Abertillery Saddlers & Harness Makers.
Abertillery was still in its infancy while the Nantyglo, Coalbrookvale, Cwmcelyn & Blaina Iron Works and collieries and the many other industries further north were in full swing. The iron and coal companies had their own saddlers and harness makers, either working for them or independent saddlers that were in contract to the many different corporations.
Mr Edward Chegwidden.
The earliest saddlers I can find was at Brynmawr in 1859, Mr Edward Chegwidden, there was also a leather cutter by the name of Mr William Probert in the same year.
Mr George Dyke.
In 1871 there was a saddler in the Garnfach, Nantyglo by the name of Mr George Dyke.
Mr John Morgan.
In Blaina in 1891 there was a saddler in the High Street by the name of Mr John Morgan.
The Abertillery Saddlers.
In the latter half of the 19th century the industry at Abertillery was building up and also the population and the need for saddlers and harness makers drew quite a few tradesmen in such trades to the area.
Mr Thomas Owen.
In the 1870’s there was a saddler and harness maker by the name of Mr Thomas Owen at Church Street Abertillery. Mr Owen went bankrupt in August 1877, as reported in the London Gazette.
Mr John Rees Jones.
A while later Mr John Rees Jones, a saddler, came to Abertillery, he was originally the contractor to the South Wales Colliery Company Cwmtillery, Tillery Colliery, Penybont, Coed Cae Tillery Colliery and Cwmnant-y-Groes Colliery. He later opened a business at 6 Church Street Abertillery. In the 1880’s, Mr Jones was still trading in leather, though was also supplying the public and private companies.
Mr Thomas Davies.
In June 1892 Mr Thomas Davies opened another saddlery & harness making business at 83 Cwm Street (now Somerset Street) he informed the public that he could execute every description of saddlery and harness at the lowest prices.
Mr William Vaughan.
In August 1892 Mr William Walter Vaughan advertised he had opened his own saddlery and harness making business in Abertillery and had taken over the business from the late Mr J. R. Jones, Church Street Abertillery. Mr Vaughan would later move to Llanhilleth.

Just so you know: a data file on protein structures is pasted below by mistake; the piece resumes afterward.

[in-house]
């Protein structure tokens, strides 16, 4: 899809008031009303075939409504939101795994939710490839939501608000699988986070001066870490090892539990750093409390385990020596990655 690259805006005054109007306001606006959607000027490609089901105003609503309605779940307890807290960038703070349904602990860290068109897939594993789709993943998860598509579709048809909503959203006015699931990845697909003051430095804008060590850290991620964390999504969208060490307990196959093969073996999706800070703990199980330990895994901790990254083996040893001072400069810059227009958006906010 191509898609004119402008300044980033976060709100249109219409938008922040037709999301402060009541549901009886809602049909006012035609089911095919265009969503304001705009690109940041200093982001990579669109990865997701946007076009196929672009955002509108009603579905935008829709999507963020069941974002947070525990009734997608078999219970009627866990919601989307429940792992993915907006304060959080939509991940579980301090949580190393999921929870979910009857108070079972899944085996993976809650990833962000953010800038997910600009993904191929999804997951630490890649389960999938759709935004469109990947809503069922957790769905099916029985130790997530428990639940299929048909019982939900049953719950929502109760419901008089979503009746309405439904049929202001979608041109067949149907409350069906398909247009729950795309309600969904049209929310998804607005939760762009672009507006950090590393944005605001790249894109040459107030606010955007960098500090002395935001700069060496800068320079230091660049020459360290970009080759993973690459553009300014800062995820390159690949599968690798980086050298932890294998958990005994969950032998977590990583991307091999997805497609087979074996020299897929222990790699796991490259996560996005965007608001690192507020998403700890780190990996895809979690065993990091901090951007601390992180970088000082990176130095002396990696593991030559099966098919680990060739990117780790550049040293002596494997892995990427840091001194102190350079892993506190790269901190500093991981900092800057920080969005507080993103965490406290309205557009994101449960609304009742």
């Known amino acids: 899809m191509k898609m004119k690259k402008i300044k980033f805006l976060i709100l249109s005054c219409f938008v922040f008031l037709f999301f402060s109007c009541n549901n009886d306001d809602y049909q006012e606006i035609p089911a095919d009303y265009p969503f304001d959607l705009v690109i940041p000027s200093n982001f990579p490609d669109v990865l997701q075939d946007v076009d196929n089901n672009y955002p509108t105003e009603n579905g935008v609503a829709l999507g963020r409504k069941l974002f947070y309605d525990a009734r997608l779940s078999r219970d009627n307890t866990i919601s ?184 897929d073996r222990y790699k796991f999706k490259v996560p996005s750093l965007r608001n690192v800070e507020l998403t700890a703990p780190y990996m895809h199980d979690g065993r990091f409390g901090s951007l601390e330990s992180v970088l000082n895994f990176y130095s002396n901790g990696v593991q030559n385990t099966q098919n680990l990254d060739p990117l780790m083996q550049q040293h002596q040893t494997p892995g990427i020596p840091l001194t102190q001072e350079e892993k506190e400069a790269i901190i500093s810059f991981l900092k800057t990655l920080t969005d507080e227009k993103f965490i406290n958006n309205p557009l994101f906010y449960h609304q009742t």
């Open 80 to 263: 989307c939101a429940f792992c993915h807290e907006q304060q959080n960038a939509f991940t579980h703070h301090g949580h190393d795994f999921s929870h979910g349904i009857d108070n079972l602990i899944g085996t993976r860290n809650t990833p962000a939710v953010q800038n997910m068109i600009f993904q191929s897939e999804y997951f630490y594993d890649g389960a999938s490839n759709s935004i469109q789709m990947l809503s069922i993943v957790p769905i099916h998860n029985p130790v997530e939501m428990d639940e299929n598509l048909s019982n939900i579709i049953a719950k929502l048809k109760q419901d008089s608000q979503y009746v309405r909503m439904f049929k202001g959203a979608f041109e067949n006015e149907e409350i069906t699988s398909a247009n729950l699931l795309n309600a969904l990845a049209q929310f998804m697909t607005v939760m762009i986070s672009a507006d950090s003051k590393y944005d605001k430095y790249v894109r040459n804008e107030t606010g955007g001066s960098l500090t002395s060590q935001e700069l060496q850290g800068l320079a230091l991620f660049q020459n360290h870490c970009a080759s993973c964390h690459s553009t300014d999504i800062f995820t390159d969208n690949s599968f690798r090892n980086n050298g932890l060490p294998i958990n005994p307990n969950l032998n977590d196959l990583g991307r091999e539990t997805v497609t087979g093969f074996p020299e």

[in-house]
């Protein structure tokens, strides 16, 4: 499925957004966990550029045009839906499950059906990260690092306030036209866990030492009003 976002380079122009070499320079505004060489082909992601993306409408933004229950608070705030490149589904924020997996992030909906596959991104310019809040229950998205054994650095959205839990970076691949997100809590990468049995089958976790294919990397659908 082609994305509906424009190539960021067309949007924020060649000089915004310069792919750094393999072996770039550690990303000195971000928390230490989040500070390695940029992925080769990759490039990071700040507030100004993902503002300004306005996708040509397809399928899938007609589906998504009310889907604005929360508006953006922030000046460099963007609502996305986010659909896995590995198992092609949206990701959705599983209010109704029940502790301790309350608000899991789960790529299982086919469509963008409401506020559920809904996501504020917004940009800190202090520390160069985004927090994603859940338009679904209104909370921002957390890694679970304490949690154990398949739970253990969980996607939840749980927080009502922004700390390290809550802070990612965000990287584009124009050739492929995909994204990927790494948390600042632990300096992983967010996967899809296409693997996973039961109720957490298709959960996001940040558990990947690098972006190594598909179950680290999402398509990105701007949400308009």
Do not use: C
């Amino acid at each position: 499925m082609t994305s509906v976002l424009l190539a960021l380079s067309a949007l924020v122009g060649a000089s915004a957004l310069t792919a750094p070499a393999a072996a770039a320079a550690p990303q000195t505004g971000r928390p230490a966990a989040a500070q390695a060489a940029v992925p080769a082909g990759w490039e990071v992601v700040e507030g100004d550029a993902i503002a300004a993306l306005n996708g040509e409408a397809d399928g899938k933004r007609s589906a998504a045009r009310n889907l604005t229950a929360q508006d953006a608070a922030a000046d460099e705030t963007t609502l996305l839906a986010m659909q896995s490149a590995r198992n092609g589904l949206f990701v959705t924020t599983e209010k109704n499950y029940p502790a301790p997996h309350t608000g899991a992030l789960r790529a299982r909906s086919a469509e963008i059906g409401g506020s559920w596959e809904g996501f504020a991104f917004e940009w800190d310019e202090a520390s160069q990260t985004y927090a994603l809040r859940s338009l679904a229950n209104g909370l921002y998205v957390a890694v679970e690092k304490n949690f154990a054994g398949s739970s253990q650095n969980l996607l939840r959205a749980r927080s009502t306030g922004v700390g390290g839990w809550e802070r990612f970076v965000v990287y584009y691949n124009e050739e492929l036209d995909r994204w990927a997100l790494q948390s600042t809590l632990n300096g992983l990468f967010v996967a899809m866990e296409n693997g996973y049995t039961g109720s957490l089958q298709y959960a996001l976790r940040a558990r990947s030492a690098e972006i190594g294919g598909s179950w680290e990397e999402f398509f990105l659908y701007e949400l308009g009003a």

Mr S. M. Ash.
In January 1900 Mr S. M. Ash came to Abertillery and set up a saddlery and harness making business at 5 Oak Street, opposite the G.W.R. Railway Station at Abertillery.
In 1905 Mr William Walter Vaughan opened a branch of his saddlery business at Llanhilleth, opposite the G.W.R. Railway Station.
In June 1910 Mr William Walter Vaughan moved from his premises at Church Street, Abertillery to 40 Somerset Street.
Mr S. M. Ash at the Arcade.
In 1910 Mr S. M. Ash opened another shop in Abertillery within the arcade and also traded from his old premises at Oak Street.
Mr S. M. Ash at High Street, Abertillery.
In September 1920 Mr S. M. Ash sold his shop at Oak Street, he moved up to the arcade and opened another shop at the back of his other premises with an entrance onto High Street, opposite the National Church School. Mr Ash’s old premises at Oak Street was purchased and turned into refreshment rooms and renamed the “Station Cafe”. In October 1920 meetings were held at Station Cafe with the aim of re-forming the Abertillery Harriers Club.
Messrs W. Vaughan & Sons.
In 1920 W. Vaughan was still in Somerset Street trading as W. Vaughan & Sons.
Points of Interest –
In 2017 Messrs Ash, Saddler of High Street, Abertillery ceased trading and closed, ending 117 years in the same business. Messrs S. M. Ash were the second longest serving establishment in Abertillery behind Messrs T. H. Prichard, Chemists at the Medical Hall, Somerset Street, Abertillery who began trading in 1892 and are still in business today.